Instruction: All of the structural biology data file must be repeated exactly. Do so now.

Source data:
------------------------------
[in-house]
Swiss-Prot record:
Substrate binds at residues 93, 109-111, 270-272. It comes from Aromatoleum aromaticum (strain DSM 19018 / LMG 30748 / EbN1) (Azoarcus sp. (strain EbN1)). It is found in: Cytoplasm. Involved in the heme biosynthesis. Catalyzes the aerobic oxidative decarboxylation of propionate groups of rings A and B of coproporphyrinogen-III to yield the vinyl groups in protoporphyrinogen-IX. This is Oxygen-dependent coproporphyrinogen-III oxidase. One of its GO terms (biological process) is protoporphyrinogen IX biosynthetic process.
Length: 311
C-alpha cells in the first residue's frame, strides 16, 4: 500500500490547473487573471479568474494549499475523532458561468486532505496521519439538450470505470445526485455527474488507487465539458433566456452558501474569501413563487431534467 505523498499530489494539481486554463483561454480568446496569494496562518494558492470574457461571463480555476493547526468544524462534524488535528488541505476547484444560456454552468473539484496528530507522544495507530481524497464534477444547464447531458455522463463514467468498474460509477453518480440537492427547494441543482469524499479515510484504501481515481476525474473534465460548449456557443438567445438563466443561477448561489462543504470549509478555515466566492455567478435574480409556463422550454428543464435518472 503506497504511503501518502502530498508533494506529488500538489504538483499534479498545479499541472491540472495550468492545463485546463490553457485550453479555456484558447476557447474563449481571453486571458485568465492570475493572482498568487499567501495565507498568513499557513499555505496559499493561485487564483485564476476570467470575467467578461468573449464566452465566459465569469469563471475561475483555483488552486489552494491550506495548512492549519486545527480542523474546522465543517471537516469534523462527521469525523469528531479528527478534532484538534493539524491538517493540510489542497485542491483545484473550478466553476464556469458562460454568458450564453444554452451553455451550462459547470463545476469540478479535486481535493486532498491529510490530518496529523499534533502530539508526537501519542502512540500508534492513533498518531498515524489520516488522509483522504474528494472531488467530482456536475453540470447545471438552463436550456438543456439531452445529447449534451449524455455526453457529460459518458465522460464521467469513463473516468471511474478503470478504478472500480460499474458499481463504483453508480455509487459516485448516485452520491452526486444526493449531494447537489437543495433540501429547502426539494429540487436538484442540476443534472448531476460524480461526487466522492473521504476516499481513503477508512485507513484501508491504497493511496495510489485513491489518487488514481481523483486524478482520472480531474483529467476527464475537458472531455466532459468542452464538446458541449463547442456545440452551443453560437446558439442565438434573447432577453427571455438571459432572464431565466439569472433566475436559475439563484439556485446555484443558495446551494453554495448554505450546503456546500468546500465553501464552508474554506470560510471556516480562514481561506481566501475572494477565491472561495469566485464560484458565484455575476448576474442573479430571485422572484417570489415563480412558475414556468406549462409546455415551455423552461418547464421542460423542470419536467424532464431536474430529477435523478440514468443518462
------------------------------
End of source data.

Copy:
[in-house]
Swiss-Prot record:
Substrate binds at residues 93, 109-111, 270-272. It comes from Aromatoleum aromaticum (strain DSM 19018 / LMG 30748 / EbN1) (Azoarcus sp. (strain EbN1)). It is found in: Cytoplasm. Involved in the heme biosynthesis. Catalyzes the aerobic oxidative decarboxylation of propionate groups of rings A and B of coproporphyrinogen-III to yield the vinyl groups in protoporphyrinogen-IX. This is Oxygen-dependent coproporphyrinogen-III oxidase. One of its GO terms (biological process) is protoporphyrinogen IX biosynthetic process.
Length: 311
C-alpha cells in the first residue's frame, strides 16, 4: 500500500490547473487573471479568474494549499475523532458561468486532505496521519439538450470505470445526485455527474488507487465539458433566456452558501474569501413563487431534467 505523498499530489494539481486554463483561454480568446496569494496562518494558492470574457461571463480555476493547526468544524462534524488535528488541505476547484444560456454552468473539484496528530507522544495507530481524497464534477444547464447531458455522463463514467468498474460509477453518480440537492427547494441543482469524499479515510484504501481515481476525474473534465460548449456557443438567445438563466443561477448561489462543504470549509478555515466566492455567478435574480409556463422550454428543464435518472 503506497504511503501518502502530498508533494506529488500538489504538483499534479498545479499541472491540472495550468492545463485546463490553457485550453479555456484558447476557447474563449481571453486571458485568465492570475493572482498568487499567501495565507498568513499557513499555505496559499493561485487564483485564476476570467470575467467578461468573449464566452465566459465569469469563471475561475483555483488552486489552494491550506495548512492549519486545527480542523474546522465543517471537516469534523462527521469525523469528531479528527478534532484538534493539524491538517493540510489542497485542491483545484473550478466553476464556469458562460454568458450564453444554452451553455451550462459547470463545476469540478479535486481535493486532498491529510490530518496529523499534533502530539508526537501519542502512540500508534492513533498518531498515524489520516488522509483522504474528494472531488467530482456536475453540470447545471438552463436550456438543456439531452445529447449534451449524455455526453457529460459518458465522460464521467469513463473516468471511474478503470478504478472500480460499474458499481463504483453508480455509487459516485448516485452520491452526486444526493449531494447537489437543495433540501429547502426539494429540487436538484442540476443534472448531476460524480461526487466522492473521504476516499481513503477508512485507513484501508491504497493511496495510489485513491489518487488514481481523483486524478482520472480531474483529467476527464475537458472531455466532459468542452464538446458541449463547442456545440452551443453560437446558439442565438434573447432577453427571455438571459432572464431565466439569472433566475436559475439563484439556485446555484443558495446551494453554495448554505450546503456546500468546500465553501464552508474554506470560510471556516480562514481561506481566501475572494477565491472561495469566485464560484458565484455575476448576474442573479430571485422572484417570489415563480412558475414556468406549462409546455415551455423552461418547464421542460423542470419536467424532464431536474430529477435523478440514468443518462